Complete Blood Picture
Posted September 30, 2022 by Anusha ‐ 3 min read
A complete blood count (CBC) is a blood test. It helps healthcare providers detect a range of disorders and conditions. It also checks your blood for signs of medication side effects. Providers use this test to screen for diseases and adjust treatments.
When is a CBC performed?
You may need a CBC if you have symptoms such as:
Bruising or bleeding.
Fatigue, dizziness or weakness.
Fever, nausea and vomiting.
Inflammation (swelling and irritation) anywhere in the body.
Problems with heart rate or blood pressure.
Why do healthcare providers suggests CBCs?
CBCs are an important part of a yearly physical exam. Providers also order CBCs to monitor the side effects of some prescription medications.
Your provider may order a CBC to:
Detect abnormalities in your blood that may be signs of disease.
Diagnose or monitor many different disorders, conditions and infections.
Evaluate your overall health.
Rule out conditions, disorders and disease.
Monitor various blood diseases.
What does a CBC look for?
A CBC does many tests to measure and study red blood cells, white blood cells and platelets. Red blood cells carry oxygen throughout the body. White blood cells are part of your immune system. They help your body fight infection. Platelets help your body clot.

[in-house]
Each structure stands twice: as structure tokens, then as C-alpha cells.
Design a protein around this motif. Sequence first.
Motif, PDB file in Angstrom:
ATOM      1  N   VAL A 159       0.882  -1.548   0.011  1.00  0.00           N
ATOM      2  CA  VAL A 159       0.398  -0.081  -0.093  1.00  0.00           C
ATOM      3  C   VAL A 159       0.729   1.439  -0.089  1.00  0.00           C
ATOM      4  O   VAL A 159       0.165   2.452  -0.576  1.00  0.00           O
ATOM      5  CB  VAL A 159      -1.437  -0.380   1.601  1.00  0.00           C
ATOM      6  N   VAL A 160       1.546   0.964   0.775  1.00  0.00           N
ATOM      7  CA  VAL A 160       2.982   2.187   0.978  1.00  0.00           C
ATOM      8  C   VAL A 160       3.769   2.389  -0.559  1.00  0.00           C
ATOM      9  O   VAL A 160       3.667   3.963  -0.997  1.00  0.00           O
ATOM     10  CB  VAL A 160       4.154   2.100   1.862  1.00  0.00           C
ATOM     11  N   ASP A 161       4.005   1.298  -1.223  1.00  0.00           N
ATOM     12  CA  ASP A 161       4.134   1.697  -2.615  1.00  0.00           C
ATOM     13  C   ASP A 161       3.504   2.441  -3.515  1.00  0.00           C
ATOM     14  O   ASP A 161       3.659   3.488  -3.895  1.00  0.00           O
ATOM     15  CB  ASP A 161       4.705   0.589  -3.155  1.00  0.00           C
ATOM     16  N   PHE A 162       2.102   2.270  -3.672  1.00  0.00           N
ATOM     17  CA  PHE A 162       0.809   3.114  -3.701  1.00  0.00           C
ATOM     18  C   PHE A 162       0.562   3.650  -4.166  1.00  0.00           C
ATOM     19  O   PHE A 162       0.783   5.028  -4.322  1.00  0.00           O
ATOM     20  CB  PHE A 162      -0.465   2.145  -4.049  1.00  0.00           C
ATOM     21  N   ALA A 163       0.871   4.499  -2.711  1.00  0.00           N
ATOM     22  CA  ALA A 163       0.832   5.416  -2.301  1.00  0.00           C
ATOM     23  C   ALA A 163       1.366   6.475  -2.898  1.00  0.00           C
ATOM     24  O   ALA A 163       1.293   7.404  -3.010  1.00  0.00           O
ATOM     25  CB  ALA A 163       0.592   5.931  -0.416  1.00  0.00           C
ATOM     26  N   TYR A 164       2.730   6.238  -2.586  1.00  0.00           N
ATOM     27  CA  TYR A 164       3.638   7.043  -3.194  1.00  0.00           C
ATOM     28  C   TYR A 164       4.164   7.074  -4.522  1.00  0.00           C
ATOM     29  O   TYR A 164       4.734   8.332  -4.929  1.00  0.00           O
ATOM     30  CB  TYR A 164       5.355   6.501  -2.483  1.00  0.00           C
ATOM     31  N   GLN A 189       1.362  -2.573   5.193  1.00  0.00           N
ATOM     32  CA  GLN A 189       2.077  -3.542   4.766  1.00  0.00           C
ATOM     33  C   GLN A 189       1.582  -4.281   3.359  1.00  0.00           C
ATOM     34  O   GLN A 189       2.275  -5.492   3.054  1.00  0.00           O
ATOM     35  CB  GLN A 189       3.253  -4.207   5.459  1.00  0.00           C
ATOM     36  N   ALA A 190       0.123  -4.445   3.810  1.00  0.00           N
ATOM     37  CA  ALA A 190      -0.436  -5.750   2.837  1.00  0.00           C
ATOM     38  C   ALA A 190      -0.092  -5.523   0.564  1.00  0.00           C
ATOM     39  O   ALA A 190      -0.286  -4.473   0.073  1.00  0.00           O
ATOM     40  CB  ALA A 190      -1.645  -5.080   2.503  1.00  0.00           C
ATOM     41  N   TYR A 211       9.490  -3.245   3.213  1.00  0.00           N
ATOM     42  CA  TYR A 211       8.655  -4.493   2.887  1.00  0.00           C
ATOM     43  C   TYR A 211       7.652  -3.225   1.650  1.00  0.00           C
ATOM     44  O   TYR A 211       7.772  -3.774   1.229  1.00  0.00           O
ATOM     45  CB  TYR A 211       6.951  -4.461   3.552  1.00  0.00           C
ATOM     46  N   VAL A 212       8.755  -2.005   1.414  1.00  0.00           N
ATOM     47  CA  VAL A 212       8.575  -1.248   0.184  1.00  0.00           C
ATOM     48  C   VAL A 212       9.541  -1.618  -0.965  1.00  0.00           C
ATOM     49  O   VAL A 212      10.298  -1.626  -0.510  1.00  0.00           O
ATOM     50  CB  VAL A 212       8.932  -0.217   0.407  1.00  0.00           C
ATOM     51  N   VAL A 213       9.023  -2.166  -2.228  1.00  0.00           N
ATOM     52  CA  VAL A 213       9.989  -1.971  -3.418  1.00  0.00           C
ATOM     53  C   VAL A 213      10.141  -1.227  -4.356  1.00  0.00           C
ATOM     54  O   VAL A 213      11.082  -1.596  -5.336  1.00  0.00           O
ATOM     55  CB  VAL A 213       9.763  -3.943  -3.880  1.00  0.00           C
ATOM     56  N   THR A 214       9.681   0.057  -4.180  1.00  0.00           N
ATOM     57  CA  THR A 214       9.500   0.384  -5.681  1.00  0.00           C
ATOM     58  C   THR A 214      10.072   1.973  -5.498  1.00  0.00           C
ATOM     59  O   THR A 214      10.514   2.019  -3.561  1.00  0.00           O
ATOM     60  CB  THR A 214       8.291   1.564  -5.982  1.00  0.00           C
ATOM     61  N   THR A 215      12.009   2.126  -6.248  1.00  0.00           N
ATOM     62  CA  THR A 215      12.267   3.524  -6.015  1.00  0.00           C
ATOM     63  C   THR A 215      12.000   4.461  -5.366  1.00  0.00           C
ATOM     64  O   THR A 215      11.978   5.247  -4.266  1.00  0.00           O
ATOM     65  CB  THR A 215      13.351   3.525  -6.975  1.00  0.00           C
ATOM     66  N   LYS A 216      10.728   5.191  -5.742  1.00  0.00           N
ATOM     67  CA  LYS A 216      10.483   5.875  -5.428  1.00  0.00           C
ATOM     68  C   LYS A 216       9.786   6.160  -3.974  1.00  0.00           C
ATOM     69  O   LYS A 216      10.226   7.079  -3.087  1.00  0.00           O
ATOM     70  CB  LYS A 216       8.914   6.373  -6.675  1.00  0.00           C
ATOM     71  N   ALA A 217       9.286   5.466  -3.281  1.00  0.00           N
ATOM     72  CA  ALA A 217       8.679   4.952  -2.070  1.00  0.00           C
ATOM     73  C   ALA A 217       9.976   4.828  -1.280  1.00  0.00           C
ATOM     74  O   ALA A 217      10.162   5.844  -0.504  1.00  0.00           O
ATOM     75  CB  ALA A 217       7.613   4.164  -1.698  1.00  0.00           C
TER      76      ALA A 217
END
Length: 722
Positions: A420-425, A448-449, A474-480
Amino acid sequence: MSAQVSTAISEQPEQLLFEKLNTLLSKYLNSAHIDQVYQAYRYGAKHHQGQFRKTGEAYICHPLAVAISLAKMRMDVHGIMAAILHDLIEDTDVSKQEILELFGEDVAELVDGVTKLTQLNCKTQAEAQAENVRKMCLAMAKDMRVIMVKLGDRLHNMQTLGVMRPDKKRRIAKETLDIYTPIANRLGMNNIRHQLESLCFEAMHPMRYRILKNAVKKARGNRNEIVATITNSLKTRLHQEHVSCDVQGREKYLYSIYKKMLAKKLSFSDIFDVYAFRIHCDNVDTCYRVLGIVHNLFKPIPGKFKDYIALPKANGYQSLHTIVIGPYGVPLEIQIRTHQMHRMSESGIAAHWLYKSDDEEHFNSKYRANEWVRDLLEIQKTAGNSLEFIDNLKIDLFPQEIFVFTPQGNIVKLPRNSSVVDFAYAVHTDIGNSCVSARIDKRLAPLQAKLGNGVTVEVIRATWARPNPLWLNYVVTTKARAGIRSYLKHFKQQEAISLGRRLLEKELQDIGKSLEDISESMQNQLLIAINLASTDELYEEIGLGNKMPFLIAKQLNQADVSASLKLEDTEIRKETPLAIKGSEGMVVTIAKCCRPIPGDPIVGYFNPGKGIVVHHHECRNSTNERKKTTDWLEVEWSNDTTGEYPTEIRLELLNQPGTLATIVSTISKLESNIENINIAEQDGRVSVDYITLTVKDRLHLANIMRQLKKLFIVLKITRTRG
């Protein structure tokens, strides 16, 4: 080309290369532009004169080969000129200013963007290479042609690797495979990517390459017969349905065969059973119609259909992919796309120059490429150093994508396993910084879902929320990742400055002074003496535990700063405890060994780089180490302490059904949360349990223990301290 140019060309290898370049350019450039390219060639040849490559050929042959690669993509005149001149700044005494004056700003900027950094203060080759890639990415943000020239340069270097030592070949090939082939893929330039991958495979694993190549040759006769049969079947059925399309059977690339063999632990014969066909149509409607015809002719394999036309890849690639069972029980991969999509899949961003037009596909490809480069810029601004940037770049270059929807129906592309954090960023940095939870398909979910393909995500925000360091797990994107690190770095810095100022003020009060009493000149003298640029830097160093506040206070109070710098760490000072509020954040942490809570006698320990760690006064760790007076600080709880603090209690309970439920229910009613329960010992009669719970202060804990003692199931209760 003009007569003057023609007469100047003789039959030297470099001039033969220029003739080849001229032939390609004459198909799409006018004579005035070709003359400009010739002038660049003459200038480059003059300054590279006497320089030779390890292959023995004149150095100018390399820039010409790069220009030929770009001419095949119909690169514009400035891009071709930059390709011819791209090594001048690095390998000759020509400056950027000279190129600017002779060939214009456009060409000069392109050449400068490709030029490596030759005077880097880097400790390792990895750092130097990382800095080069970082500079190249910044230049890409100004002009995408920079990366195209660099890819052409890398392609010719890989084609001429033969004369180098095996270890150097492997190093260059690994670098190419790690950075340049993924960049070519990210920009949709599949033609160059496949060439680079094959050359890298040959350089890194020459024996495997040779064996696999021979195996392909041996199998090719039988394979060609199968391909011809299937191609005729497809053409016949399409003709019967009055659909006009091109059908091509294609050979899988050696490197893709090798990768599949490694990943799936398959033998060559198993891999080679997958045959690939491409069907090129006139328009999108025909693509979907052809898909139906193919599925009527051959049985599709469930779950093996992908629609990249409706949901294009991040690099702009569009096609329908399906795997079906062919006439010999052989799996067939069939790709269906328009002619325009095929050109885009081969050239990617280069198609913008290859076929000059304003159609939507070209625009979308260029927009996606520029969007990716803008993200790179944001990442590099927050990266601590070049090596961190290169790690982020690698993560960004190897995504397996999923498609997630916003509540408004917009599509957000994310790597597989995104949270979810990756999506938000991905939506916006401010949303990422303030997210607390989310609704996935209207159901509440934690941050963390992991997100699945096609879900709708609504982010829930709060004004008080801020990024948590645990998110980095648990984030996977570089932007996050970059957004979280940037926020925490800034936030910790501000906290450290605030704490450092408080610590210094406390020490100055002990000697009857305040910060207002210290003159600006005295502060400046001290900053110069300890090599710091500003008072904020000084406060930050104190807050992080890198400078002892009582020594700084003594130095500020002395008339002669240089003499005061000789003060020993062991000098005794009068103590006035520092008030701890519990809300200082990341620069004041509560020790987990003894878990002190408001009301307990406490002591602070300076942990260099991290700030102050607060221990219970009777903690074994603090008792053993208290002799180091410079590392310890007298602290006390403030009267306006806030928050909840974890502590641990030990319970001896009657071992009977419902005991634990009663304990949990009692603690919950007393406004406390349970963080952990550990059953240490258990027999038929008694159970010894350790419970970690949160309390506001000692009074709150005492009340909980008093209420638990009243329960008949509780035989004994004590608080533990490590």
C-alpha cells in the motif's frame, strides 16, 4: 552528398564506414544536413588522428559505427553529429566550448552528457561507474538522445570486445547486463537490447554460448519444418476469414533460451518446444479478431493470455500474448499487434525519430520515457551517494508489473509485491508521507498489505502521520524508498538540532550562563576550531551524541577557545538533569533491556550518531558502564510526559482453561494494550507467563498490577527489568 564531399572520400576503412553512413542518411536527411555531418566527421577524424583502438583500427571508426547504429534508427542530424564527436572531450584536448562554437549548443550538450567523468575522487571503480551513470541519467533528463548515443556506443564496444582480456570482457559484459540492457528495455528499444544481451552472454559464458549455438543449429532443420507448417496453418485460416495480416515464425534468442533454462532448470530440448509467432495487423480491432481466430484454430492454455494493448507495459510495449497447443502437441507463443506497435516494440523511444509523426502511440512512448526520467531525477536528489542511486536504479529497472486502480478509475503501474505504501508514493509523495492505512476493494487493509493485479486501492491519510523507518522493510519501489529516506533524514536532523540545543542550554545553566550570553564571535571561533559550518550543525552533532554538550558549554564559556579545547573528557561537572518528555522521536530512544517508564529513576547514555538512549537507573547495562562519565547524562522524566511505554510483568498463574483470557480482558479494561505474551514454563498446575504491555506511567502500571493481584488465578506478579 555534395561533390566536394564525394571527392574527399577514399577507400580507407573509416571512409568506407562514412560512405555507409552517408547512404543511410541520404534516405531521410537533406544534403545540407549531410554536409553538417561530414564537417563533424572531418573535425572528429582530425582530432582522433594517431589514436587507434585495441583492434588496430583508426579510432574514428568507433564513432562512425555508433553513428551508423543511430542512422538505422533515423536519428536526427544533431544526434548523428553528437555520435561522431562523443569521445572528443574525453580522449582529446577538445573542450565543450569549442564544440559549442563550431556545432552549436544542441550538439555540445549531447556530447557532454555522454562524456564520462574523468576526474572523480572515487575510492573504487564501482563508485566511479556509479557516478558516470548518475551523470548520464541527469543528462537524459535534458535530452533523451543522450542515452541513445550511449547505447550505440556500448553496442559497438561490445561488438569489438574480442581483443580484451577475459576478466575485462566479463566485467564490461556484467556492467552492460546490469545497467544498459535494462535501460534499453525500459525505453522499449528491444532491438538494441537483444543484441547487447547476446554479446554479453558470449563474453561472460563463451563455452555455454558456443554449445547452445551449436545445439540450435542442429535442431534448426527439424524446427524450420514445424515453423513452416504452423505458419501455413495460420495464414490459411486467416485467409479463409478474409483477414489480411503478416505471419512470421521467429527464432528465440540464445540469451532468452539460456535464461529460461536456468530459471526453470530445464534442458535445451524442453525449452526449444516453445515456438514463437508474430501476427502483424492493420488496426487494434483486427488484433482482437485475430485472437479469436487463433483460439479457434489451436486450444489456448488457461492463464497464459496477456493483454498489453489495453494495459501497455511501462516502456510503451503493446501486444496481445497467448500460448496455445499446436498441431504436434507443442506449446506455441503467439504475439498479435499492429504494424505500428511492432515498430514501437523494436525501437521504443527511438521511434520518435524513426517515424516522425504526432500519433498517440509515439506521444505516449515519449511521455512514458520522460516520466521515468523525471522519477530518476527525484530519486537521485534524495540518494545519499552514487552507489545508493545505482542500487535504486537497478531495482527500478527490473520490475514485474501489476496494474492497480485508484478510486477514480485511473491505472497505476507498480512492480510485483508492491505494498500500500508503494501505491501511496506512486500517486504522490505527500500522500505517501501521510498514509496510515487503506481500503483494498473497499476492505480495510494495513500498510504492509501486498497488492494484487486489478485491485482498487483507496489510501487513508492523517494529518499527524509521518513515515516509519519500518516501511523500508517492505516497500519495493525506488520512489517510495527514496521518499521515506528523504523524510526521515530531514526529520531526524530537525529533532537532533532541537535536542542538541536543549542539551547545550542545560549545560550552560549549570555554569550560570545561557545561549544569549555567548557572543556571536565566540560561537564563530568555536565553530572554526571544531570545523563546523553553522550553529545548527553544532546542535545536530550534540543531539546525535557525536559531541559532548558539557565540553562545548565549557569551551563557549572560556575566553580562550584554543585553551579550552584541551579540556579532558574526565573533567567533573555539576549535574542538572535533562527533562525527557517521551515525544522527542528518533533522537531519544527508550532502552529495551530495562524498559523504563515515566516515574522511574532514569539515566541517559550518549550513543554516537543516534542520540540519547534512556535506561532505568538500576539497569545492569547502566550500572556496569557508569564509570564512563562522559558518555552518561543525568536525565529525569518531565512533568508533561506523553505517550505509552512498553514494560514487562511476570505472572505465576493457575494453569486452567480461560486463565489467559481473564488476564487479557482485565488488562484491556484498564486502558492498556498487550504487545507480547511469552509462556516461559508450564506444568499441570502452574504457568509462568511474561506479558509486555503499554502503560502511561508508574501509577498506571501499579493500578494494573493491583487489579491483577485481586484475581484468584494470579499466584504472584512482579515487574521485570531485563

A CBC measures, counts, evaluates and studies many aspects of your blood:
CBC without differential counts the total number of white blood cells.
CBC with differential. There are five kinds of white blood cells. The differential looks at how many of each kind of white blood cell you have.
Hemoglobin tests measure hemoglobin, the protein in red blood cells that carries oxygen.
Hematocrit describes the concentration of red blood cells in your blood.
What does a CBC detect?
A CBC blood test can help your provider diagnose a wide range of conditions, disorders, diseases and infections, including:
Anemia (when there aren’t enough red blood cells to carry oxygen through the body).
Bone marrow disorders, such as myelodysplastic syndromes.
Disorders such as agranulocytosis and thalassemias and sickle cell anemia.
Infections or other problems that cause abnormally low white blood cell count or high white blood cell count.
Several types of cancer, including leukemia and lymphoma.
Side effects of chemotherapy and some prescription medications.
Vitamin and mineral deficiencies.
Benefits of CBP
A CBC gives your provider a picture of your overall health.
Using a small amount of blood, a CBC can help detect hundreds of conditions, disorders and infections.
It allows your provider to monitor your health, screen for disease and plan and adjust treatment.
Risks of CBP
A CBC is a safe, common test.
There are no risks involved, and your provider only removes a small amount of blood.
Rarely, some people feel a little faint or lightheaded after a CBC.
Normal Range of CBP
Hemoglobin normal range:
Male (ages 15+): 13.0 - 17.0 g/dL
Female (ages 15+): 11.5 - 15.5 g/dL
Hematocrit normal range:
Male: 40 - 55%
Female: 36 - 48%
Platelet Count normal range:
- Adult: 150,000 - 400,000/mL
White blood cell (WBC) normal range:
- Adult: 5,000-10,000/mL